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I was recently in a sales call where another vendor was pitching a data tool to the CEO and an experienced technical team lead.  During the pitch, the technical team lead was dubious because he felt that he already had the answers about what was happening on his line and didn’t require data to tell him what he already knew. 

The CEO intervened, asking “Do you think that a new employee would know the same things that you do about our line?”

“No, of course not,” responded the technical lead, “This might be a great tool to help them.”

The 1-hour line check

Imagine a slow-motion replay of an awesome play during a sporting event. Just like your line, things move so fast that you don’t always see exactly what happens. Hence the need for a slow-motion replay and stats to back up the play. Think of a quick line check as just that – a way to capture what you can’t always see. 

A full technical audit is performed by an auditor, engineer or subject matter expert that evaluates deficiencies or areas of improvement in a process, system or proposal. And while sensors are a great tool that are used by many auditors – at MMAAZZ, our sensors are most often used by in-house teams to quickly prove or disprove an issue and then as a regular weekly check as part of maintenance routine.

Lately, we’ve been performing quick line checks for beverage companies around the world and the response to instant information in an easy to understand and correlate format has been very well received. 

Take a look at how a 1-hour line check detected areas of high shock and pressure for this beer producer. *Names changed.

ABC Bottling
• ABC Bottling Location has a few areas of concern with one line. 
• A 1-hour audit was performed on the line in question, a total of 19 data runs in four areas were conducted
• Measurements studied included Impact, Pressure and Scuffing. 
• Two areas of concern were identified during the audit: 
  - Area C to Area D – Medium to high pressure and high scuffing 
  - Area E to Area F – Very high pressure and high scuffing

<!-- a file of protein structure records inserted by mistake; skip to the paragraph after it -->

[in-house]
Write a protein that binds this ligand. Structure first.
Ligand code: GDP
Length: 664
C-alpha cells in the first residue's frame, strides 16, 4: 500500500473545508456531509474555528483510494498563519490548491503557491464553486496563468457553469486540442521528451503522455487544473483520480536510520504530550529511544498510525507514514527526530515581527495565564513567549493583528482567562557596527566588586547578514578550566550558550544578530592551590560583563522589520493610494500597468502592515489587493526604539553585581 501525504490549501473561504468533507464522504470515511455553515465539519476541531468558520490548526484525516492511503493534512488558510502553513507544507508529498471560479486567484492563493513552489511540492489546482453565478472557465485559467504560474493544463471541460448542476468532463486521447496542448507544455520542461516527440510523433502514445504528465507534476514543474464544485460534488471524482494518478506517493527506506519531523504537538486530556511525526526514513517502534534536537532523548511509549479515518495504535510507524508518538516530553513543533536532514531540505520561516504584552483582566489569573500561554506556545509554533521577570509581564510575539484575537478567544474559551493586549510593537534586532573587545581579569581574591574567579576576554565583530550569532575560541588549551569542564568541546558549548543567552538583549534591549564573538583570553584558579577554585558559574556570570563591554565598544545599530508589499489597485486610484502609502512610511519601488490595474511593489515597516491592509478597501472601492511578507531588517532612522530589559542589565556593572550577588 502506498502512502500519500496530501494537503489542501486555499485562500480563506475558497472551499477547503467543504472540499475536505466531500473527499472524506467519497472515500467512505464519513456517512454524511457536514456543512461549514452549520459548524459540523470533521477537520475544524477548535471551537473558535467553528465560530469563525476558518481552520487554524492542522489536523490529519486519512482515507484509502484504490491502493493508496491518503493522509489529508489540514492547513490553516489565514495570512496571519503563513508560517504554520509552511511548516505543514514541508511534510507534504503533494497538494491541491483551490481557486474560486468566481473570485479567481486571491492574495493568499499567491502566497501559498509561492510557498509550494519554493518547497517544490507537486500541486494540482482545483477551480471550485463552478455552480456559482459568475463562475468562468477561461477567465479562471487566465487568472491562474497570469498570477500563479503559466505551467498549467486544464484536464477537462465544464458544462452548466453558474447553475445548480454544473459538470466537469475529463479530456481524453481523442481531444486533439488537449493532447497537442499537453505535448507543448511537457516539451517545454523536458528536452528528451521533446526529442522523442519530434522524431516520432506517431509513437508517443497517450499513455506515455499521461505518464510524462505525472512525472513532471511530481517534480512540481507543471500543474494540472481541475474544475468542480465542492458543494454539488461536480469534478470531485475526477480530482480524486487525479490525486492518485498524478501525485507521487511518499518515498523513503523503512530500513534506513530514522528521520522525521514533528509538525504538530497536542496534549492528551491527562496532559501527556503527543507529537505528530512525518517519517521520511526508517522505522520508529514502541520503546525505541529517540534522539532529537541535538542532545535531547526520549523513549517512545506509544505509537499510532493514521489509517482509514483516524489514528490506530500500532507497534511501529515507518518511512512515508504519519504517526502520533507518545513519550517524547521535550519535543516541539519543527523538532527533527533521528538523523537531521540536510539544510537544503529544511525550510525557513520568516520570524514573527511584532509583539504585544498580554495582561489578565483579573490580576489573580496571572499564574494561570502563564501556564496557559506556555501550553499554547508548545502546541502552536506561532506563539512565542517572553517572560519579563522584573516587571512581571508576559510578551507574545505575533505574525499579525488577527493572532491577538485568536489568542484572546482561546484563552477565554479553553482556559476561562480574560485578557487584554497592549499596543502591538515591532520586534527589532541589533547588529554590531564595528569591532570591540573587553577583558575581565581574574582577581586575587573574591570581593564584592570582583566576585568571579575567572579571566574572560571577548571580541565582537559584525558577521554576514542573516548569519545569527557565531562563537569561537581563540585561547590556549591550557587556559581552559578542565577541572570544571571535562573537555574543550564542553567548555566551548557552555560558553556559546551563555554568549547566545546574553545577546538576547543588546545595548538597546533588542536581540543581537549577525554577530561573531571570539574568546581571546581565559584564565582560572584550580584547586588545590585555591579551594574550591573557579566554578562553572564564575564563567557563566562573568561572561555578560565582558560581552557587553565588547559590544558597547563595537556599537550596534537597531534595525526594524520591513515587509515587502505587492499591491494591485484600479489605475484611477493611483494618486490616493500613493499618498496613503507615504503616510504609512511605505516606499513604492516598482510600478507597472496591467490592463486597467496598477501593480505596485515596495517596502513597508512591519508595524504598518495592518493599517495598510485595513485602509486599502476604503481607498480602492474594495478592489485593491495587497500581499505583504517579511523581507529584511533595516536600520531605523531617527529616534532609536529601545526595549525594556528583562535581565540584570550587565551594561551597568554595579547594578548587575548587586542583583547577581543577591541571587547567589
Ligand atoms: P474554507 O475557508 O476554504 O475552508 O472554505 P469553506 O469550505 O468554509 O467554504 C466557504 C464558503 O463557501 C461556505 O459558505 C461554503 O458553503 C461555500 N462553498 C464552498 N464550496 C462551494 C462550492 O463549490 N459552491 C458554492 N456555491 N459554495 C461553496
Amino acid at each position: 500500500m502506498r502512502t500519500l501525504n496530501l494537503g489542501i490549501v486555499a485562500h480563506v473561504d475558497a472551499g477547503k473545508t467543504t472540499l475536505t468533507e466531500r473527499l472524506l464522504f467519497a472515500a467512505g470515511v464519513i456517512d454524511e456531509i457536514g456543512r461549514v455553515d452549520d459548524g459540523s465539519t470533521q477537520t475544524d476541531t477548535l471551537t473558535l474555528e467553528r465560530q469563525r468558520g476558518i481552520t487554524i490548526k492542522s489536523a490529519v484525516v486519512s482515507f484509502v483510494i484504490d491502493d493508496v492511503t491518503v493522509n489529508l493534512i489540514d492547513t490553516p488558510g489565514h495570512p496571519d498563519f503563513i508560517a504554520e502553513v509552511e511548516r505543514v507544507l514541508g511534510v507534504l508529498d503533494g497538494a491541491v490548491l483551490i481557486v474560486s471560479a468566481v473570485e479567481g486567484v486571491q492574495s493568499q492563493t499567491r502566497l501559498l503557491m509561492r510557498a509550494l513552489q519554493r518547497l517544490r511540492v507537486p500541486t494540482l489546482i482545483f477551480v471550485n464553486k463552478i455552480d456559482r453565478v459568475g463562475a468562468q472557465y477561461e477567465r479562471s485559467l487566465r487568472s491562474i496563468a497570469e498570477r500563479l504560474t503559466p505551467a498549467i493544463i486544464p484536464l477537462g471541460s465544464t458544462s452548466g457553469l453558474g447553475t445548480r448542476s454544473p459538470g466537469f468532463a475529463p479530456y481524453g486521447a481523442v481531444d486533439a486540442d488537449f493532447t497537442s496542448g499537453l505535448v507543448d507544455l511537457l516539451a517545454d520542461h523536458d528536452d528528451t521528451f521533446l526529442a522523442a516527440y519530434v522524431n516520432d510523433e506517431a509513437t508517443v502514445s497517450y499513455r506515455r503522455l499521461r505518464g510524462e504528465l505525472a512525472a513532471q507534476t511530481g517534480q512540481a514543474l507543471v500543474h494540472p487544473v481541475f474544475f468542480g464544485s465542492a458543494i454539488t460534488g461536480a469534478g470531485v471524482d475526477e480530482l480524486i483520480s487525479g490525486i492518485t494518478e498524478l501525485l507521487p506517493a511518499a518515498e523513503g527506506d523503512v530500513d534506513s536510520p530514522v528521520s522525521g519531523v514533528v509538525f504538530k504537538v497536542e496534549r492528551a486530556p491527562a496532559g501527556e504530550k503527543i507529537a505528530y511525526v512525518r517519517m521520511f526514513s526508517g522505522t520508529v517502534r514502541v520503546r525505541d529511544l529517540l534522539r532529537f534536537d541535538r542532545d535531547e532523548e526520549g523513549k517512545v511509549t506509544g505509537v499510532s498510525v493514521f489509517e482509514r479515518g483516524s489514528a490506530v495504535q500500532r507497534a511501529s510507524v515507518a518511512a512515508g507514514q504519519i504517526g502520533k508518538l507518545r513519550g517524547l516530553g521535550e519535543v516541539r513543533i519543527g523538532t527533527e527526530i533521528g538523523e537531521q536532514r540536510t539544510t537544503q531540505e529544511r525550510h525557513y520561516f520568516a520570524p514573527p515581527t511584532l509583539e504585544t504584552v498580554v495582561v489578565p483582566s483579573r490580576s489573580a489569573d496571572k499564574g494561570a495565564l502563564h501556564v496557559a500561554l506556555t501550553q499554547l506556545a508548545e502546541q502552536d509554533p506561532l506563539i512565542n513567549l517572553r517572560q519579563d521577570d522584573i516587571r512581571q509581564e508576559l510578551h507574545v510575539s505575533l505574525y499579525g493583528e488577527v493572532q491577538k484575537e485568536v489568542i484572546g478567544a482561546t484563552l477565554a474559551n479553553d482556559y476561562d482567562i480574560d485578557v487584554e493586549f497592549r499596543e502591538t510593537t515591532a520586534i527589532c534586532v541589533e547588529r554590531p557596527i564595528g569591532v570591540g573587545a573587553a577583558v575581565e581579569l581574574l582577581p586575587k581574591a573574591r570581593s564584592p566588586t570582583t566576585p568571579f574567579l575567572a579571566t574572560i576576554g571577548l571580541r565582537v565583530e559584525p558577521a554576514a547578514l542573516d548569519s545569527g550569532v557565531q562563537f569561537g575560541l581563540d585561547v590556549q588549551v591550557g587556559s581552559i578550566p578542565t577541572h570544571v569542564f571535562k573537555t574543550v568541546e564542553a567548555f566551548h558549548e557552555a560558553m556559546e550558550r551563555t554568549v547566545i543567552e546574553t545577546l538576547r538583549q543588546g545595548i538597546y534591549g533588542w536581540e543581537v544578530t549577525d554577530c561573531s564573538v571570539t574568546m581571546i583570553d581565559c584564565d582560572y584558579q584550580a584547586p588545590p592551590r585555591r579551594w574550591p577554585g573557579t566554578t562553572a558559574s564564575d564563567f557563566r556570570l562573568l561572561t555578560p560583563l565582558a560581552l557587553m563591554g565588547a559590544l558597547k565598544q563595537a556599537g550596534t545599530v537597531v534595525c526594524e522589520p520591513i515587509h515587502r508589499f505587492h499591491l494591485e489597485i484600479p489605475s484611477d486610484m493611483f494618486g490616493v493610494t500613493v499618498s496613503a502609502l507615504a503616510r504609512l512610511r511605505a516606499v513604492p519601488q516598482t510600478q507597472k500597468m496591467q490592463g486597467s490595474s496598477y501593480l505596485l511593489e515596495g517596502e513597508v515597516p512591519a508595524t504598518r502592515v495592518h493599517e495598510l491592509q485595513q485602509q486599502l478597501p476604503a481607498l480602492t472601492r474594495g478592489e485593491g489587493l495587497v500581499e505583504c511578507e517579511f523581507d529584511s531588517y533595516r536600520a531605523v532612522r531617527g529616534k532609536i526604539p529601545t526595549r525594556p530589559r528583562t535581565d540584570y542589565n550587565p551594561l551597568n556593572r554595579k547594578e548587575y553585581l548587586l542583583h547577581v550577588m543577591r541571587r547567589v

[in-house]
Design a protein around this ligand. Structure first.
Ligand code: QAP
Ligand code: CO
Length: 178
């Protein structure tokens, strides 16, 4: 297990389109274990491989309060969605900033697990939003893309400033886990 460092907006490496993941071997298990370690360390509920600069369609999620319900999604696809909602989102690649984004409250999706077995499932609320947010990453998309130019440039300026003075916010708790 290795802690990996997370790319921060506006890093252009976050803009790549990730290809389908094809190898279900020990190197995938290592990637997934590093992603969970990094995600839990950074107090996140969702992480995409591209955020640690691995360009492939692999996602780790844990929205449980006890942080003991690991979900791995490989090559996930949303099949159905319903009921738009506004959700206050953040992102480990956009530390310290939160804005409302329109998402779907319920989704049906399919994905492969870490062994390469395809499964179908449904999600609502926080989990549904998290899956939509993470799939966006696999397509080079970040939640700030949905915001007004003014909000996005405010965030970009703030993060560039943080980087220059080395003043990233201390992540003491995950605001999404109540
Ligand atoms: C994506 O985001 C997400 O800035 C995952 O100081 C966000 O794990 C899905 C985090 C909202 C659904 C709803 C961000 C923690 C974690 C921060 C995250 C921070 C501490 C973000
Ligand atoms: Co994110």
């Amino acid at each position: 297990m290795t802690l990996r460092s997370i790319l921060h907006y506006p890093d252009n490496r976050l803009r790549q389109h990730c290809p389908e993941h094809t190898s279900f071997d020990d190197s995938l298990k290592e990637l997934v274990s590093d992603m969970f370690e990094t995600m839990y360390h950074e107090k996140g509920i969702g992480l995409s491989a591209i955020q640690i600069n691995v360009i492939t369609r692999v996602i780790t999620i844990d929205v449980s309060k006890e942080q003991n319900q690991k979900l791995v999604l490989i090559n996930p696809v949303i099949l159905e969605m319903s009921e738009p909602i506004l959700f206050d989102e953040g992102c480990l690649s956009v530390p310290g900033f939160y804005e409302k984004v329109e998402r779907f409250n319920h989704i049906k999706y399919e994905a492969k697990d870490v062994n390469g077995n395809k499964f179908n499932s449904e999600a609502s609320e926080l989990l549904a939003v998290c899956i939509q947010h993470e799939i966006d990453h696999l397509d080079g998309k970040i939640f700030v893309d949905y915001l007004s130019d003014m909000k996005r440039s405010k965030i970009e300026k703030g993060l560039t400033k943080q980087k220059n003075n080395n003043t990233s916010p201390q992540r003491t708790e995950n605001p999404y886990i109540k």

AREA A TO AREA B
Two runs were performed and in both runs we encountered medium pressure and scuffing.
The run shown on top detected hot spots near the entrance of a particular machine. The run at the bottom show them closer to another key machine. A few medium impact areas were found as well.
No major areas of concern.

AREA C TO AREA D

5 runs were performed in this area as we detect issues in the corner resulting in medium to high pressure and high scuffing.

AREA E TO AREA F

3 runs were performed in this area due to very high pressure and scuffing areas.

LABELLER
Though high impact areas were found, the magnitude of the impact is not as high as experienced in other plants. No major areas of concern.

Conclusion
The highest priority should be to fix the 90-degree bend in Area C and the Area E to Area F specifically closer to the Area F intake.

More in-depth analysis should be done to pinpoint the source of high pressure, scuffing and impact areas. Different scenarios (emergency stop, full conveyor belts, different location of sensor, …) should be run as part of the in-depth analysis. 
Detailed analysis, Filling Line XX

Detailed analysis, Filling Line XX

 

It isn’t that the technical team lead didn’t know his line, quite the opposite – but when you can SEE and share the real levels of pressure and scuff that your products are subjected to, in graph format on your tablet, measured by the millisecond on the line – it’s concrete evidence that either your line is as efficient as possible or that there is work to be done in this specific area.   It just isn’t possible to have this level of information without a sensor whose data can be replicated and compared.

 

A 1-hour line audit once a month (when combined with weekly checks) makes pinpointing problems becomes so efficient it is no wonder that the top ten bottling and canning companies in the world have already deployed in-line sensor replicas as part of their maintenance routine.